BP PLC has sued the U.S. Environmental Protection Agency (EPA), claiming the agency is abusing its discretion by continuing to bar the company from new government contracts. This is related to guilty pleas arising out of the 2010 Gulf of Mexico oil spill. In a filing August 12th in federal court in Houston, BP says it has lost out on billions of dollars in potential contracts, such as supplying fuel to the U.S. military, because the EPA refuses to lift the prohibition on new contracts. These were first put in place in November 2012. That was when BP said it would pay $4.5 billion in fines and plead guilty to criminal charges including obstruction of justice, involuntary manslaughter and a misdemeanor violation of the Clean Water Act. That, combined with all of the other problems caused by BP, seems like enough reason to take the oil giant off the list for government contracts.
At the time, BP claimed it believed the suspension would be brief and that it was working with the EPA on an agreement that would effectively end the suspension. But according to the court filing, the EPA refused to lift the ban after the company entered its formal pleas and the criminal case was closed. BP is asking the court to find the EPA suspension to be illegal and to end it immediately. A BP spokesman, Geoff Morrell, said the EPA’s action is inappropriate, but that the company remains open to a reasonable settlement with the EPA. The ongoing battle between the federal government and BP continues in Federal District Court in New Orleans over civil liability under the Clean Water Act.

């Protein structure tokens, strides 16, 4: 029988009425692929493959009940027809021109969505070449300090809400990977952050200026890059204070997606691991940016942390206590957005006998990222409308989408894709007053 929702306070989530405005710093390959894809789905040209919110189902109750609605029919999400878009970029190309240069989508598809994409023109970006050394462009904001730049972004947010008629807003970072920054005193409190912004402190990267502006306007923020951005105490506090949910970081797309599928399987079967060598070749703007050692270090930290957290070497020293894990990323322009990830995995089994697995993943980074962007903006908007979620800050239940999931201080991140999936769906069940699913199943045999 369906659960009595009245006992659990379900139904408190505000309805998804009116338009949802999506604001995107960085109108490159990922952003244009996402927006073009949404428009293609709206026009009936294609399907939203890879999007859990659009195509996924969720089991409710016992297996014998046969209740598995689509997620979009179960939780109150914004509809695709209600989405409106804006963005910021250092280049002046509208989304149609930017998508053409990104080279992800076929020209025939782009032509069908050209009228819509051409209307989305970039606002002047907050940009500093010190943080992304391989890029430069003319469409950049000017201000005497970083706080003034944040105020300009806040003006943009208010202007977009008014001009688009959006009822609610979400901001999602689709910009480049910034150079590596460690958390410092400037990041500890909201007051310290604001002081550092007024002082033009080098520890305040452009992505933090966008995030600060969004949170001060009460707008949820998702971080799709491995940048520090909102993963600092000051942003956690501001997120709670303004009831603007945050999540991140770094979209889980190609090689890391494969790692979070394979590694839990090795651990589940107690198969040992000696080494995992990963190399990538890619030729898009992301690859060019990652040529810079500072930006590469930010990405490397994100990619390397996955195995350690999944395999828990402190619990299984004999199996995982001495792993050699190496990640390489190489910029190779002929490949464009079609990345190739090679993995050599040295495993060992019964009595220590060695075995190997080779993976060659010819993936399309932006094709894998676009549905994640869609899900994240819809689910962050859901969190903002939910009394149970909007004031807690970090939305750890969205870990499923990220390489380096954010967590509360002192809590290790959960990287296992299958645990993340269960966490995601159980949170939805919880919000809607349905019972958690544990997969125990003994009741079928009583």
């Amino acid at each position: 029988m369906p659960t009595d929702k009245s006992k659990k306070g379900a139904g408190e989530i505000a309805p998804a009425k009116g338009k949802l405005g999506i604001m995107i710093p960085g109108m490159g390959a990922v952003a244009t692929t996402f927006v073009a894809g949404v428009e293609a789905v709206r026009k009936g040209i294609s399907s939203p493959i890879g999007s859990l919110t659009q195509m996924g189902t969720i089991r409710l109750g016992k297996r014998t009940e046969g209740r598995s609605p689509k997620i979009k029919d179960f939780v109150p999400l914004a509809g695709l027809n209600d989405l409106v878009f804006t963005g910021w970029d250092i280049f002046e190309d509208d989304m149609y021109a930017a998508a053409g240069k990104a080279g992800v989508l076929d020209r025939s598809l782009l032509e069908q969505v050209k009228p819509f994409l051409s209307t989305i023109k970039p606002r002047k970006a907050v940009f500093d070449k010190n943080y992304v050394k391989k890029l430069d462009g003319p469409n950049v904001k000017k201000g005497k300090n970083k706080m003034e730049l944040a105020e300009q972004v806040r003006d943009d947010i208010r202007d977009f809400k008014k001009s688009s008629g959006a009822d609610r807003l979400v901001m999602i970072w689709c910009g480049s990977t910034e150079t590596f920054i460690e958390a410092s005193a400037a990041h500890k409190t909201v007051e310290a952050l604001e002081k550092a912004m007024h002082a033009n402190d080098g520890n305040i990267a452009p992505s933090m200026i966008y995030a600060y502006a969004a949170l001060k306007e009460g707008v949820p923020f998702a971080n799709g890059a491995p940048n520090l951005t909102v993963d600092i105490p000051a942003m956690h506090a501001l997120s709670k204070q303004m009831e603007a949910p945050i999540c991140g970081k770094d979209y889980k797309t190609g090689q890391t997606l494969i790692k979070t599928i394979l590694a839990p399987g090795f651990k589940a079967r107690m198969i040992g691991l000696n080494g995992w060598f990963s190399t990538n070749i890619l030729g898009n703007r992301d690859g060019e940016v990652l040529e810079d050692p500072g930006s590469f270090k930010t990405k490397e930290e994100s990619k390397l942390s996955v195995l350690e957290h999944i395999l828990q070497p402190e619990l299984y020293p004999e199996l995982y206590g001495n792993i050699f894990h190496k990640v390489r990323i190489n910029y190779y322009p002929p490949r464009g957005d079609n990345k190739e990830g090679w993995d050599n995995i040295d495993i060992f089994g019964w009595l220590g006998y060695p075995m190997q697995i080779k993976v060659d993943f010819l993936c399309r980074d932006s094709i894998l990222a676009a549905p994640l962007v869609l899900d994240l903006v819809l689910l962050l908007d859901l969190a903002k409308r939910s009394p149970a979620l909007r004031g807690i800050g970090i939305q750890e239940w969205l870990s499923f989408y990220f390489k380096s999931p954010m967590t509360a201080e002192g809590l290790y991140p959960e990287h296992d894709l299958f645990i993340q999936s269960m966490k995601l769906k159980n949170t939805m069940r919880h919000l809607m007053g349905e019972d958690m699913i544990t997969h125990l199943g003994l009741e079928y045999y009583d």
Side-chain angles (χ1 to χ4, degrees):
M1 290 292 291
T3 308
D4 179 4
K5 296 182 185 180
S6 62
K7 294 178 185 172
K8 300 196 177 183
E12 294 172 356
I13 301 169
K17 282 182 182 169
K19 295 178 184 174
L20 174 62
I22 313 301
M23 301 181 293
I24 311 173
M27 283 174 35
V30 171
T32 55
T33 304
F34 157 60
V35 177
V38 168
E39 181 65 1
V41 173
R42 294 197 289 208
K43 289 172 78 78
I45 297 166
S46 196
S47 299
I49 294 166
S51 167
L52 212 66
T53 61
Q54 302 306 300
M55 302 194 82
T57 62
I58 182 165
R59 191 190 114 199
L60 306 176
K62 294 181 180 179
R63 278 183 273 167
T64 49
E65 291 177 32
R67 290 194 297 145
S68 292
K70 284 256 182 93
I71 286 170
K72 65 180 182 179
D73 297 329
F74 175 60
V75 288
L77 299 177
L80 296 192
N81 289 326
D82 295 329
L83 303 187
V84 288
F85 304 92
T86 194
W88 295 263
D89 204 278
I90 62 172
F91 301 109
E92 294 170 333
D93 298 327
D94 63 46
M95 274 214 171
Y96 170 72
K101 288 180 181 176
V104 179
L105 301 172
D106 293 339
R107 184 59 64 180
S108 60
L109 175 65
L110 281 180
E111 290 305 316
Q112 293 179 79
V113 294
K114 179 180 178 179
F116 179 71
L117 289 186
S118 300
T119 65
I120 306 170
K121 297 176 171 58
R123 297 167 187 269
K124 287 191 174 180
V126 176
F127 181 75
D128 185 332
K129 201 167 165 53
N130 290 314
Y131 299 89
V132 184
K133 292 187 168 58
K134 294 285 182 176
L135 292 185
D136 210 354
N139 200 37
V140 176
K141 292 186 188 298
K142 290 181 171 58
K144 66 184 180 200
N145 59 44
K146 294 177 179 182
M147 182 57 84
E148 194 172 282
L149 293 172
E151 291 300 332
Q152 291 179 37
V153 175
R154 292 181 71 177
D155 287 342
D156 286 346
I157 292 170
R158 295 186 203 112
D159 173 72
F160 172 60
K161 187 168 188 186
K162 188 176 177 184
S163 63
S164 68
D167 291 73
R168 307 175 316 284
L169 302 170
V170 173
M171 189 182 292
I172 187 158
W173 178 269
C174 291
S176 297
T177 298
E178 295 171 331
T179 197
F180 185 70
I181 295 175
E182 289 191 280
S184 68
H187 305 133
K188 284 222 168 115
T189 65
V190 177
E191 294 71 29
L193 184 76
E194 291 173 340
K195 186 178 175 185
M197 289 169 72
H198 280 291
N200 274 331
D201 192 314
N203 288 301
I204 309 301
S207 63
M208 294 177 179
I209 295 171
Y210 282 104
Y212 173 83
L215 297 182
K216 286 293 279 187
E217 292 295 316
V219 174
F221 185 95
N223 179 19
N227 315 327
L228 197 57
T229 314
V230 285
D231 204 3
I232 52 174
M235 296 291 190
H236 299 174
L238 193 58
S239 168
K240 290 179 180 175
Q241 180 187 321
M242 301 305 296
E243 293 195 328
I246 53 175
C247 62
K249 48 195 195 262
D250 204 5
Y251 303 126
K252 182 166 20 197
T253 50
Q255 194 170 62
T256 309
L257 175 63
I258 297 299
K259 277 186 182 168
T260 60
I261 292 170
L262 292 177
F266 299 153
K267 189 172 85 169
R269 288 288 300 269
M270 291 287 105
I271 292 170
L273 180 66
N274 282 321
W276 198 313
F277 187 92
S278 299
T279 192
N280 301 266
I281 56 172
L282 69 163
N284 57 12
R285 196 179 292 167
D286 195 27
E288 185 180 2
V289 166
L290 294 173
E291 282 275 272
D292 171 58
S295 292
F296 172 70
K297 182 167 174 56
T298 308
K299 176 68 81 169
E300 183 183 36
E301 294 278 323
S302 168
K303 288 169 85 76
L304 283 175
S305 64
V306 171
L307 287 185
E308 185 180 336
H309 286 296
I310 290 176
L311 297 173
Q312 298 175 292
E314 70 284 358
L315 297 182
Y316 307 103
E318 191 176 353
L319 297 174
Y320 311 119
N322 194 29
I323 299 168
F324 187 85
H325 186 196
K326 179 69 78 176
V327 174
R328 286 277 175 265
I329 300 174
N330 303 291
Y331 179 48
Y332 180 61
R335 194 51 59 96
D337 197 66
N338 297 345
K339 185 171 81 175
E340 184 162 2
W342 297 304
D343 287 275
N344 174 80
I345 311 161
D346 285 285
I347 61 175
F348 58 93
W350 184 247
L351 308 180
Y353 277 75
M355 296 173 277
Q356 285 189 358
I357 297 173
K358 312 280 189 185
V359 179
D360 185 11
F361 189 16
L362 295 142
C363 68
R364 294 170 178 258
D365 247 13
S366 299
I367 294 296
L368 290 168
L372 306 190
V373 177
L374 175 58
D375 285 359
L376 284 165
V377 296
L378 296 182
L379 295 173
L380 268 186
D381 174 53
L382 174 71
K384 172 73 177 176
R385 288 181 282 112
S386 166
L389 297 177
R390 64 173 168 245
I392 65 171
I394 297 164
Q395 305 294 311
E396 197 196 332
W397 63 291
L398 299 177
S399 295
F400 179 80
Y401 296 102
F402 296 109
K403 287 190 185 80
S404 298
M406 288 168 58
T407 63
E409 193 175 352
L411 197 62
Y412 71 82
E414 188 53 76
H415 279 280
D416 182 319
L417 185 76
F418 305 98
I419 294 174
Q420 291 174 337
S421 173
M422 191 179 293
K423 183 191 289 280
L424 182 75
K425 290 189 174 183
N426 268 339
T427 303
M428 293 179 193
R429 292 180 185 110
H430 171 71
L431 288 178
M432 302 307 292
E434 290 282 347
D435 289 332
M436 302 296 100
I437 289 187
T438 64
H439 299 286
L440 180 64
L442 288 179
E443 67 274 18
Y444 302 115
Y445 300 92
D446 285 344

Sources: WSJ.com and Houston Chronicle
Contact us today for a free legal consultation with an experienced attorney.
Fields marked *may be required for submission.
If you would like to subscribe to the Jere Beasley Report digital edition, simply visit our Subscriptions page and provide the necessary information or call us at 800-898-2034.
Attorney Advertising - Prior results do not guarantee a similar outcome.